New interest rate hikes expected
    Analysts believe the spike in inflation would trigger another round of interest rate hikes by the central bank as part of its policy measures to manage the risks of rising prices.

    “The [July] result means that there is more impetus for additional rate hikes going forward,” Jeff Ng, economist at Standard Chartered Bank, said.

    Economists at the Bank of the Philippine Islands (BPI) see it likely that the surprise headline number for July will lead to an even faster pace of 5 percent in August.

    “These higher-than-expected prints for July and August will be compelling for the monetary authorities, which likely lead them to hike policy rates even more aggressively on their 11 September [meeting],” the economists said in a commentary after the official data’s release.

    “Our team is convinced that the BSP will continue to give more importance to meeting its primary objective of price stability over developments in the growth front,” they said. Banking giant HSBC also expects the BSP to take a more aggressive stance when it meets next on September 11.

    Before the Monetary Board holds its last meeting for the third quarter of this year, “August inflation data will be released on 5 September, which we believe will stay elevated,” it said in a note to clients.

    Govt confident of full-year target
    Despite the higher rate of inflation in July, the National Economic and Development Authority (NEDA) said headline inflation for the full year will still average about 4.4 percent.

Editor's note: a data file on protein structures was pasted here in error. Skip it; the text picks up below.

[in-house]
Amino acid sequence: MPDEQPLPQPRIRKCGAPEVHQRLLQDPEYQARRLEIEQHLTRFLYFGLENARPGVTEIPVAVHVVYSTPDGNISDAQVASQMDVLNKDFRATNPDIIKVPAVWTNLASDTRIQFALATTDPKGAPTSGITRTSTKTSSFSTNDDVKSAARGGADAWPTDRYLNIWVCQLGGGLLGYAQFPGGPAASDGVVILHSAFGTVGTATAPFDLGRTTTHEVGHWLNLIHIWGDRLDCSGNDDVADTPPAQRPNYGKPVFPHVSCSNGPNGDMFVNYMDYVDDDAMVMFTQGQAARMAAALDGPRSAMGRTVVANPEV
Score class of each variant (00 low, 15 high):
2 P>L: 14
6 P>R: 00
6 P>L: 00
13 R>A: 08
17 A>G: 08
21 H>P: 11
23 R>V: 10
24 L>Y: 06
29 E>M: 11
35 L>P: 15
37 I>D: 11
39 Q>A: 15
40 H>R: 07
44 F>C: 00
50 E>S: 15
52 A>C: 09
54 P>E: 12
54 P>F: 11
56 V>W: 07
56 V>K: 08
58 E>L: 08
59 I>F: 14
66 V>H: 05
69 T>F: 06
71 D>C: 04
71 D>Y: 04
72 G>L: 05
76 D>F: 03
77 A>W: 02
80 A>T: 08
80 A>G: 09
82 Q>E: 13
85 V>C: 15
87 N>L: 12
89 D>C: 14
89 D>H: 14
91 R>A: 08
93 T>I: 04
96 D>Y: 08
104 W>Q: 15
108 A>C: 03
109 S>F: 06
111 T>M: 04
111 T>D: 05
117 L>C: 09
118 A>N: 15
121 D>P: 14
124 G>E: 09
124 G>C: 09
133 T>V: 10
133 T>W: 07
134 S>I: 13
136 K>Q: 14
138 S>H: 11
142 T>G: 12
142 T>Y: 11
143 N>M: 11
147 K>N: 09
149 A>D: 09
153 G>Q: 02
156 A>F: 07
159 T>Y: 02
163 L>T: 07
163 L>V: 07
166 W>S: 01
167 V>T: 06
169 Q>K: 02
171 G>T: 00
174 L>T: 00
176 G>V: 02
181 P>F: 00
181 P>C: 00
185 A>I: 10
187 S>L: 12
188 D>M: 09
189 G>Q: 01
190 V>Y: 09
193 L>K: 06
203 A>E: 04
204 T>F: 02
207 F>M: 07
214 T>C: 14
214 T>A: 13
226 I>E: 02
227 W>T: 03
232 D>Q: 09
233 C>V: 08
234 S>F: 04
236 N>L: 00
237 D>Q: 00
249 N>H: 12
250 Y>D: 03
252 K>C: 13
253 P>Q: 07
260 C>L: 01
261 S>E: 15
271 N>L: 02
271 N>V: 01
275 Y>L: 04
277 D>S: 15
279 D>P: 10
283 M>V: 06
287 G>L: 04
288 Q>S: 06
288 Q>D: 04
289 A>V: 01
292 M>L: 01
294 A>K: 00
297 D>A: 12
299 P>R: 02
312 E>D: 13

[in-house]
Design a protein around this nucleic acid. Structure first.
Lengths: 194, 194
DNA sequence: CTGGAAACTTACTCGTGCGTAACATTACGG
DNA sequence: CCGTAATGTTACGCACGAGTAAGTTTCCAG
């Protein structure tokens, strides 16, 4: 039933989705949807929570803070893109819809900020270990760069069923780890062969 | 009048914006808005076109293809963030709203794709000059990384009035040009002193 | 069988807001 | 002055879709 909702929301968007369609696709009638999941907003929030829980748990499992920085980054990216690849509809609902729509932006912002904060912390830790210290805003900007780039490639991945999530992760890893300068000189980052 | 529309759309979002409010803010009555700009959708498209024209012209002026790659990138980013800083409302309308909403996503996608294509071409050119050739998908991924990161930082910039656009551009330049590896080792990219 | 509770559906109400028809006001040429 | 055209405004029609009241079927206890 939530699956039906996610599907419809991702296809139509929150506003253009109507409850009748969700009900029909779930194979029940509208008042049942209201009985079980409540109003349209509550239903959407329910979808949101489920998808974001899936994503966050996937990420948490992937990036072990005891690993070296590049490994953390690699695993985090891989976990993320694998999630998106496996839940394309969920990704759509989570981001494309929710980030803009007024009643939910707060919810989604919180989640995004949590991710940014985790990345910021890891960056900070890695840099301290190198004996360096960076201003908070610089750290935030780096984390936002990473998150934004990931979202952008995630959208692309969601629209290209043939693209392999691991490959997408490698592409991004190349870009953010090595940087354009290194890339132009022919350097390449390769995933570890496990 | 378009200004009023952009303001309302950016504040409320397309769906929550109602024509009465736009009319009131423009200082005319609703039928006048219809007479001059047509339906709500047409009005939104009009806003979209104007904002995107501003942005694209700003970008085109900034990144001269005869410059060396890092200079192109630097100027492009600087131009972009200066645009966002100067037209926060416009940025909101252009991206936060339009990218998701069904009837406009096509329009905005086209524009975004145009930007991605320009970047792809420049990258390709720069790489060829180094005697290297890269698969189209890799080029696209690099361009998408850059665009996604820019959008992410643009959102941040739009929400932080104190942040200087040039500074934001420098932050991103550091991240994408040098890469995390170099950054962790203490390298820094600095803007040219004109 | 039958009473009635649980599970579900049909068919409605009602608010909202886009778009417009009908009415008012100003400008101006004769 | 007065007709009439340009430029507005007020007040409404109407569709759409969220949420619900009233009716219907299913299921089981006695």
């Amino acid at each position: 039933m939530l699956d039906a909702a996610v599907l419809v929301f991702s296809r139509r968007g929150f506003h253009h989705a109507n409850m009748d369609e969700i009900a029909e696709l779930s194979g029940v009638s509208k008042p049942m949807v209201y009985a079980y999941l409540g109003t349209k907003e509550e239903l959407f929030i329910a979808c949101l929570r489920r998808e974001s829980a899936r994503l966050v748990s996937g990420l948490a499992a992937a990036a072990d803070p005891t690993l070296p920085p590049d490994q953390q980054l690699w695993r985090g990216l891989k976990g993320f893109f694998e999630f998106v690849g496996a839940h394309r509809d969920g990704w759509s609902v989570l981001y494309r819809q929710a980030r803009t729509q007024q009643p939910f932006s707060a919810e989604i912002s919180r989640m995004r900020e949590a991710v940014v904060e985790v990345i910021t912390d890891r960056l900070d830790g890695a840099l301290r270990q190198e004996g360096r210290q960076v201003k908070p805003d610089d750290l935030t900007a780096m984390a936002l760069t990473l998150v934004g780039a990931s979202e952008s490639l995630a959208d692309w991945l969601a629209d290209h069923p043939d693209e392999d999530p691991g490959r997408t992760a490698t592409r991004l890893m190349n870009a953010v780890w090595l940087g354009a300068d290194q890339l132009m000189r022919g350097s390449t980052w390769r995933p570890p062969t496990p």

Economic Planning Secretary and NEDA Director General Arsenio Balisacan attributed the July inflation print on rice prices, which remained at high levels during the month as “supply tightness continued to persist in the market.”

    NEDA data showed that rice prices increased year-on-year by 14.4 percent in July, accelerating from 13.6 percent posted the previous month, while corn prices rose by 7.8 percent in the same period compared with the 7.6 percent registered a month earlier.

    But Balisacan said the tightness in rice supply, which has been driving up rice prices, is expected to come to an end soon as supply has already been augmented by rice imports.

    Precisely the Monetary Board’s recent move to raise its key policy rates is expected to put a brake on potential price pressures, he added.

    ‘Intervention needed’
    Balisacan reiterated the importance of ensuring that the necessary policies that are supportive of manageable inflation are in place.

    “Given the potential upside pressures linked to possible increases in food and oil prices and pending petitions for adjustments in utility rates, short-term interventions may focus on ensuring supply adequacy by allowing sufficient levels of imports to augment local production of rice and other key commodities,” he said.

    Balisacan highlighted the government’s efforts to speed up the implementation of programs intended to increase the productivity of agriculture and food processing industries.

    The NEDA chief said improving agricultural productivity is needed to ensure adequate local supply of food, bringing down prices and increasing farmers’ incomes.